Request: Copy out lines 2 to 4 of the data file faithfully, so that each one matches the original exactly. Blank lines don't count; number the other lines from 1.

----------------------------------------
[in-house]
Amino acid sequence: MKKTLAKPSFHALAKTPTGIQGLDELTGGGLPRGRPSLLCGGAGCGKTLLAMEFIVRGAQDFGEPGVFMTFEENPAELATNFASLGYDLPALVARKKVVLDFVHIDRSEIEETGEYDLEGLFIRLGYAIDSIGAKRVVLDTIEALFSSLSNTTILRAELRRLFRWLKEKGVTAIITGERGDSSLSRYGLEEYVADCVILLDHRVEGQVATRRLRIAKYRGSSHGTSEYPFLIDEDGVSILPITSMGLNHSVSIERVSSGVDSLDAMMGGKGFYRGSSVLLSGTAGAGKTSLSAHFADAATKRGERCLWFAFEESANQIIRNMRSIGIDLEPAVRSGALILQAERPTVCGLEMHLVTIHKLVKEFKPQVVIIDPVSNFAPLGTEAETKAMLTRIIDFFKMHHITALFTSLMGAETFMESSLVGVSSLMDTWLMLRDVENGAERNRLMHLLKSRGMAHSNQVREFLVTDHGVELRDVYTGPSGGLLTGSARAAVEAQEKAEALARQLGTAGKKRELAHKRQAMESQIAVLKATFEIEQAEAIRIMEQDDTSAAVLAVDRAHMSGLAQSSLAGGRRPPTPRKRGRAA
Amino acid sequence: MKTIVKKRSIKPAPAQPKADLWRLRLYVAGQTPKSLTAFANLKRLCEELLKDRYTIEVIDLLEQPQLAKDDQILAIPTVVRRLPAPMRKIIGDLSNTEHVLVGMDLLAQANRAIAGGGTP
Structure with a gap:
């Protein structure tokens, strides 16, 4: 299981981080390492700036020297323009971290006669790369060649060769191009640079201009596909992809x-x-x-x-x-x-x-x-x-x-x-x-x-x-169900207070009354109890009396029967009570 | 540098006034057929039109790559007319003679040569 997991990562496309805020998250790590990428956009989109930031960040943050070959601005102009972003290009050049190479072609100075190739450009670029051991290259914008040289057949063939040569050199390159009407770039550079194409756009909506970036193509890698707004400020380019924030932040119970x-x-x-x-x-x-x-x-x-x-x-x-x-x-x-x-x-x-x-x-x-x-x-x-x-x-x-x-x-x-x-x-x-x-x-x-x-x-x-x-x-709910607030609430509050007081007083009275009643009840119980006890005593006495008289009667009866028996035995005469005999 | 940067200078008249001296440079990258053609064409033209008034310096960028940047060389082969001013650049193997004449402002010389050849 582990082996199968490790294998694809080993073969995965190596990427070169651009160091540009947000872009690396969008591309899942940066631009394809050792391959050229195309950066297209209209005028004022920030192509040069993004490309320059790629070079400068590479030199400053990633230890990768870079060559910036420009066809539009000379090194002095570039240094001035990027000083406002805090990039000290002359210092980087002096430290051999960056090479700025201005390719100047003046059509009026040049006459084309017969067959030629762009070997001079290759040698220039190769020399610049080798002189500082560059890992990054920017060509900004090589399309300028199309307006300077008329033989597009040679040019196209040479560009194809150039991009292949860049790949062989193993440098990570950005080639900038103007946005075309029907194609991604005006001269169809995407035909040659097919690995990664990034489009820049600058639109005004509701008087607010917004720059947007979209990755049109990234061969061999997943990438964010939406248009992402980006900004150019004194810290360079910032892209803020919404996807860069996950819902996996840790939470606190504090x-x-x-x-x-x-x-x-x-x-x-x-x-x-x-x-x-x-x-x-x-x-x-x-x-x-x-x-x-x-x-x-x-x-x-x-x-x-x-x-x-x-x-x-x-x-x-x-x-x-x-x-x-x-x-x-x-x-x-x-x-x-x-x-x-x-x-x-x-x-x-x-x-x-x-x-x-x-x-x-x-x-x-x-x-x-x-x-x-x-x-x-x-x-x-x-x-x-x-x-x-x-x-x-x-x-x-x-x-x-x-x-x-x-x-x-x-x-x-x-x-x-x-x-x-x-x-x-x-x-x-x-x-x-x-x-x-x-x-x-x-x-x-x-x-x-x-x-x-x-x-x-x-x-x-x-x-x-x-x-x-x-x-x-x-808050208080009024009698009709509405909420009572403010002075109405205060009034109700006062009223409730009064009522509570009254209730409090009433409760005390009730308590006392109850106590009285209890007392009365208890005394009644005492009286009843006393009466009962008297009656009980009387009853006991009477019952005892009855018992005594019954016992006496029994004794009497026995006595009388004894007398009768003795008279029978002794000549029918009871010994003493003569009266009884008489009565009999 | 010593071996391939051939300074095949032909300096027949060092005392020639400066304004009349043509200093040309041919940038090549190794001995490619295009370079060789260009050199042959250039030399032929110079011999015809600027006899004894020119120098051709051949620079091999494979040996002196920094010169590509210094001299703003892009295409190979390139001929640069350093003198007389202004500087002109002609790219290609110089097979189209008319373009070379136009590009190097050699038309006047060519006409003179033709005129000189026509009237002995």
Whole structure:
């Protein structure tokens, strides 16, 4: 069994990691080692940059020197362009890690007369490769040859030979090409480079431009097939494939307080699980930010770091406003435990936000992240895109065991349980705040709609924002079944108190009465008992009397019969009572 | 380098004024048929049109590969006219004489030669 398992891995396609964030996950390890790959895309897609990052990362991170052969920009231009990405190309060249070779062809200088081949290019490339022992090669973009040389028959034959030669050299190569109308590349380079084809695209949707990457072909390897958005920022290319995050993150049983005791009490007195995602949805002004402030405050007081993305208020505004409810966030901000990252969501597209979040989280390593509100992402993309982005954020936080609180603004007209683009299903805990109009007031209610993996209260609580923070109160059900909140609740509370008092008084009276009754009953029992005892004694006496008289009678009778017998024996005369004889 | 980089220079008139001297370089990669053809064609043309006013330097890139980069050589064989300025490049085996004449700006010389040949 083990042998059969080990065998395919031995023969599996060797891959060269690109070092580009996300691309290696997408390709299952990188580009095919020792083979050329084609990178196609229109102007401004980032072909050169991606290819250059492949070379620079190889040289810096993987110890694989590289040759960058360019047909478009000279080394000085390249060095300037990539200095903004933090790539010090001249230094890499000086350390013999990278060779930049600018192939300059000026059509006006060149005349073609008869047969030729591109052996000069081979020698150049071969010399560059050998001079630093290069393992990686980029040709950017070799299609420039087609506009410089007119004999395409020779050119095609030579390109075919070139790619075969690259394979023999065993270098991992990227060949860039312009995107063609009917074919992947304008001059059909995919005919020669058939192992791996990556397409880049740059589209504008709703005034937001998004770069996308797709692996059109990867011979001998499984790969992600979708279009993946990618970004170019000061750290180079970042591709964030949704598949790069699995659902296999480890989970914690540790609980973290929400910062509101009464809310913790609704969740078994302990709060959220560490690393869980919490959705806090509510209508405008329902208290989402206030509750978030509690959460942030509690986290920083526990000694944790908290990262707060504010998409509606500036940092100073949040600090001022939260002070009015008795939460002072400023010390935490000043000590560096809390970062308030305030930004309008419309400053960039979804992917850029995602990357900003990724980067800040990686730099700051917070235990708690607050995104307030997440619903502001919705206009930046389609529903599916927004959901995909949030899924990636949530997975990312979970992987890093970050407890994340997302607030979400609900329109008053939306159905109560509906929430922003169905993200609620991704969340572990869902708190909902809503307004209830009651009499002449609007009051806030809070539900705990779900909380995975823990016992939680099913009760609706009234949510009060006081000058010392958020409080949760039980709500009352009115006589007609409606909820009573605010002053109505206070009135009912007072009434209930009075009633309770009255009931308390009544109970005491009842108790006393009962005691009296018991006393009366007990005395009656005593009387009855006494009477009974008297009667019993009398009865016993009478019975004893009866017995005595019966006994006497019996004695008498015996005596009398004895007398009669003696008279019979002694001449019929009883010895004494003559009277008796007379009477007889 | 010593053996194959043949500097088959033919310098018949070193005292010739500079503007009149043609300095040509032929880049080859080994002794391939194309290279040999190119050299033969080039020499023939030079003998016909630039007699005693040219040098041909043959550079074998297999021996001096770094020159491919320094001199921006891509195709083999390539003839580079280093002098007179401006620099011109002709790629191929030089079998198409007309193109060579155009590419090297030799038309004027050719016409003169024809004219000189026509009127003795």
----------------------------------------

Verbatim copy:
Amino acid sequence: MKKTLAKPSFHALAKTPTGIQGLDELTGGGLPRGRPSLLCGGAGCGKTLLAMEFIVRGAQDFGEPGVFMTFEENPAELATNFASLGYDLPALVARKKVVLDFVHIDRSEIEETGEYDLEGLFIRLGYAIDSIGAKRVVLDTIEALFSSLSNTTILRAELRRLFRWLKEKGVTAIITGERGDSSLSRYGLEEYVADCVILLDHRVEGQVATRRLRIAKYRGSSHGTSEYPFLIDEDGVSILPITSMGLNHSVSIERVSSGVDSLDAMMGGKGFYRGSSVLLSGTAGAGKTSLSAHFADAATKRGERCLWFAFEESANQIIRNMRSIGIDLEPAVRSGALILQAERPTVCGLEMHLVTIHKLVKEFKPQVVIIDPVSNFAPLGTEAETKAMLTRIIDFFKMHHITALFTSLMGAETFMESSLVGVSSLMDTWLMLRDVENGAERNRLMHLLKSRGMAHSNQVREFLVTDHGVELRDVYTGPSGGLLTGSARAAVEAQEKAEALARQLGTAGKKRELAHKRQAMESQIAVLKATFEIEQAEAIRIMEQDDTSAAVLAVDRAHMSGLAQSSLAGGRRPPTPRKRGRAA
Amino acid sequence: MKTIVKKRSIKPAPAQPKADLWRLRLYVAGQTPKSLTAFANLKRLCEELLKDRYTIEVIDLLEQPQLAKDDQILAIPTVVRRLPAPMRKIIGDLSNTEHVLVGMDLLAQANRAIAGGGTP
Structure with a gap: